Bookish significantly changed its site in November 2014, and now is much more of a blog style site with articles on books, but no more social features. You can read the details on those changes here.


WattpadWattpad is a social writing experience, and is focused on the creation of work and getting feedback on such work. There are books listed on the site — many, actually — but more stories or novellas than anything else. It is free to join and everything on it is free to read, free to post. It has an excellent mobile app. Social interaction is through “Clubs” and messages. It uses @ tags to notify friends, much like Facebook and Twitter do.
Type of Site: Social Writing
Services Offered: Compose work and get feedback, audience building, social interaction
Price: Free
Link: http://www.wattpad.com


Anobii“Anobii” is Latin for “bookworm” and it is a “bookshelf” style of site. While the functionality all seems to be there (shelf books, write reviews, participate in forums, etc) the site’s layout makes finding it all difficult. The good news, though, is that according to Anobii’s blog, a major site redesign is underway and it looks very, very good. The bad news is that blog post was made in May 2012 and the site is still the same. It did make the changes to its owner’s site in the UK (eBooks by Sainsbury). Anobii has a mobile app that uses a bar code scanner to look up the information on books you may come across. Right now, it is a functional site. If they get the beta version live, it will be a very nice site.
Type of Site: Bookshelf
Services Offered: Catalog your books, write reviews, connect with others through Forums and Groups
Price: Free
Link: http://www.anobii.com


ShelfariShelfari was founded in 2006 and acquired by Amazon in 2008. It started as a book cataloging site, much like GoodReads, and gradually morphed into a type of IMDB (also owned by Amazon) for books, where users can contribute to significant profiles on books (synopsis, characters, locations in story, cover art iterations, and more), in addition to being able to catalog and rate them. The site is established, polished, and functional. You sign up using your Amazon ID.
Type of Site: BookShelf
Services Offered: Catalog your books, contribute to book information pages, write reviews, connect with others through Forums and Groups
Price: Free
Link: http://www.shelfari.com


BookgluttonBookGlutton is a social reading website launched in January 2008. Visitors to the website can create virtual book groups, read books online, chat inside chapters and attach notes on paragraphs. For those who remember the old CommentPress, it functions in a similar way, but actually utilizes ePub books (which you can convert on the site) as the medium. If you’ve ever made a note on a Nook or Kindle, you’ll be familiar with the process. The site has a number of books, many public domain works, but newer independent and small press works as well. I didn’t see any books from the Big 6 on the site. They are launching a new service, ReadUps, in Spring 2013 that adds a virtual reading meet-up space to augment their social reading service.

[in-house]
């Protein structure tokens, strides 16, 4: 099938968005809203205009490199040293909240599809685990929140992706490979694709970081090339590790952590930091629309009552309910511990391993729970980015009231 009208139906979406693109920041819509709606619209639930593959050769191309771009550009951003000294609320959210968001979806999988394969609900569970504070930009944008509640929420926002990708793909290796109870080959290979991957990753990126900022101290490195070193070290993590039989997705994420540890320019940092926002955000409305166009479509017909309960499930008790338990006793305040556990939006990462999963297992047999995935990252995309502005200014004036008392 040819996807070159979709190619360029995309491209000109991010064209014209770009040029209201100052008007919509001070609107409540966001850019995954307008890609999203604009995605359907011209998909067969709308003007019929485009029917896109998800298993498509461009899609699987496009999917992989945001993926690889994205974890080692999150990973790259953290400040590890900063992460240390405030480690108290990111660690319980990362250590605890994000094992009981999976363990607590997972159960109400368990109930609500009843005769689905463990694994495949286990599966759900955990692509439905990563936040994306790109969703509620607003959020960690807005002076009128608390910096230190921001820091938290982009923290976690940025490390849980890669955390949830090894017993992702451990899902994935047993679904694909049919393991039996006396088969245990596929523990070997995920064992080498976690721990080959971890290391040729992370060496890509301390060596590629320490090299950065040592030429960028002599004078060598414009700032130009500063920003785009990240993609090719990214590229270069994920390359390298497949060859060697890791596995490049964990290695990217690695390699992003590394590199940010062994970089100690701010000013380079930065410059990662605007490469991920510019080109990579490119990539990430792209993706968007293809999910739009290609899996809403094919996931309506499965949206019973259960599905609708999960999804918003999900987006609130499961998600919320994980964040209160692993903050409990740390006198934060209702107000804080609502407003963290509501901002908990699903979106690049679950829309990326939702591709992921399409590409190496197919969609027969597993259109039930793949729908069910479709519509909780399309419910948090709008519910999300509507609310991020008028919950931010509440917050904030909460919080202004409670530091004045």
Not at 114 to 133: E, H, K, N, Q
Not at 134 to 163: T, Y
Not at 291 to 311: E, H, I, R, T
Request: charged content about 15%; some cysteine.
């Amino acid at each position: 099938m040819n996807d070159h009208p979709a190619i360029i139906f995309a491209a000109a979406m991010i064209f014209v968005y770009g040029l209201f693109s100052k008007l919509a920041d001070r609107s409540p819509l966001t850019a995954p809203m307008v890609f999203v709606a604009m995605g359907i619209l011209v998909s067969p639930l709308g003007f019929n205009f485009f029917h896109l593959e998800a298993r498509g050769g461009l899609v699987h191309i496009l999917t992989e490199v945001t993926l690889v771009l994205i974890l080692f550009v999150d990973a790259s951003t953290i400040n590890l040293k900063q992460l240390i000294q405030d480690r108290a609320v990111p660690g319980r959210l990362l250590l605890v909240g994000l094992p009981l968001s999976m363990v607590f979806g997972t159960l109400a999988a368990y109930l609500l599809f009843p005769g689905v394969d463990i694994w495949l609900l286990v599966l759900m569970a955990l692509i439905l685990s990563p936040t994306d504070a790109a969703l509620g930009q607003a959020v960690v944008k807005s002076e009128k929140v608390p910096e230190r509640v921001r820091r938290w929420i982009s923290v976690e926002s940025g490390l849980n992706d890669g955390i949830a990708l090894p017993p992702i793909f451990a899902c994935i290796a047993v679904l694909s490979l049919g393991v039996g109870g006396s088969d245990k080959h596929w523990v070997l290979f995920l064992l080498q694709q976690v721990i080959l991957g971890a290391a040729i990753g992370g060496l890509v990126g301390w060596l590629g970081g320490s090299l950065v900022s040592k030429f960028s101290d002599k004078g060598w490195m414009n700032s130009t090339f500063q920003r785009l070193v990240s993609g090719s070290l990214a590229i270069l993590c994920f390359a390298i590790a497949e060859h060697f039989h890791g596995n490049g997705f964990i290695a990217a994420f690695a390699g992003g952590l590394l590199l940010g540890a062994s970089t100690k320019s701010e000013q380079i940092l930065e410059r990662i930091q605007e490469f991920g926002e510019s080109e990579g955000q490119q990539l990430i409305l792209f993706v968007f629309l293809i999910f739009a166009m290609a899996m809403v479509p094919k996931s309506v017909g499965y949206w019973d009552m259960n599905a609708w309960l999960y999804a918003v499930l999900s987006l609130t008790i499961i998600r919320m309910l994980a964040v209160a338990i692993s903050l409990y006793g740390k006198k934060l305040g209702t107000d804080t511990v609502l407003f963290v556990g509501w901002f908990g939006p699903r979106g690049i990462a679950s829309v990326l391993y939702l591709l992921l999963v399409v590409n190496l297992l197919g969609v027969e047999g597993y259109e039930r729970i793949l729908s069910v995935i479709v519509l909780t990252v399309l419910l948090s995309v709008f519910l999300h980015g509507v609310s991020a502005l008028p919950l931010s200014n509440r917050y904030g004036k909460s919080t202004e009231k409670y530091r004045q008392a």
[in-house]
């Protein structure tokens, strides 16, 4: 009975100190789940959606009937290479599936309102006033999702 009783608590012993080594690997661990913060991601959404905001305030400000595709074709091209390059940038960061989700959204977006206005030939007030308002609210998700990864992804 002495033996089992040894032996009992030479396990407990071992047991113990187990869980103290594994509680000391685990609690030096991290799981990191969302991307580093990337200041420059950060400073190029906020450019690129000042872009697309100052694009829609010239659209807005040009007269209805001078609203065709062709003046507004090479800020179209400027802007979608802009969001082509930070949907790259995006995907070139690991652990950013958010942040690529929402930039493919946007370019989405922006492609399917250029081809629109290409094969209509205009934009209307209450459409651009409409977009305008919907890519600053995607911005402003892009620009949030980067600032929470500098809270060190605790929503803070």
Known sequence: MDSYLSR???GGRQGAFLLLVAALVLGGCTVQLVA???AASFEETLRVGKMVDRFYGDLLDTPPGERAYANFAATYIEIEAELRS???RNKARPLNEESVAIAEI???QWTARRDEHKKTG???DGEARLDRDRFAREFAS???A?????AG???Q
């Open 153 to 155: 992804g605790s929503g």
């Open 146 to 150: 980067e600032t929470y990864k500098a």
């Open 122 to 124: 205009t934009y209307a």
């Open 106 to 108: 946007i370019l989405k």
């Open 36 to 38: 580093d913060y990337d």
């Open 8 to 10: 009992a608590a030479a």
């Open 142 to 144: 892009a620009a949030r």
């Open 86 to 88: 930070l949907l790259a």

Type of Site: Social Reading
Services Offered: Social Reading, book publishing/sales, book reviews, connect with others through social reading and groups
Price: Free to join
Link: http://www.bookglutton.com

*** Update ***
BookGlutton has closed down operations, and transformed into Readups, which you can see HERE.


weReadWeRead started as a Facebook application in 2006 and has grown into a bookshelf style site, similar to GoodReads or LibraryThing but lacking the polish. Members can add books to their virtual bookshelf, write reviews, read books online, take quizzes, and join book clubs. The functionality all appears to be there, but there are numerous coding errors throughout the site, resulting in confusing menus, missing buttons, and an overall unfinished view. It is owned by Flipkart. The site’s last activity is noted as “a few weeks ago” and appears to have been made by a spammer. Reputed to once have 3.1 million members, the site now looks abandoned.
Type of Site: Bookshelf
Services Offered: Catalog your books, contribute to book information pages, write reviews, connect with others through Forums and Groups, read online
Price: Free
Link: http://weread.com


LibibLibib is a book, movie, and game “bookshelf” type of site. While there are options to “publish” your shelves, my experience with it has been largely personal — you use it to catalog your stuff. Members can provide ratings, reviews, notes, and purchase the books they place on a shelf. There is very little ability to socialize on the site that I could see. Once your account is active, you are taken to your shelves and off you go. For those leaving GoodReads, the site will allow you to upload your book information via CSV file.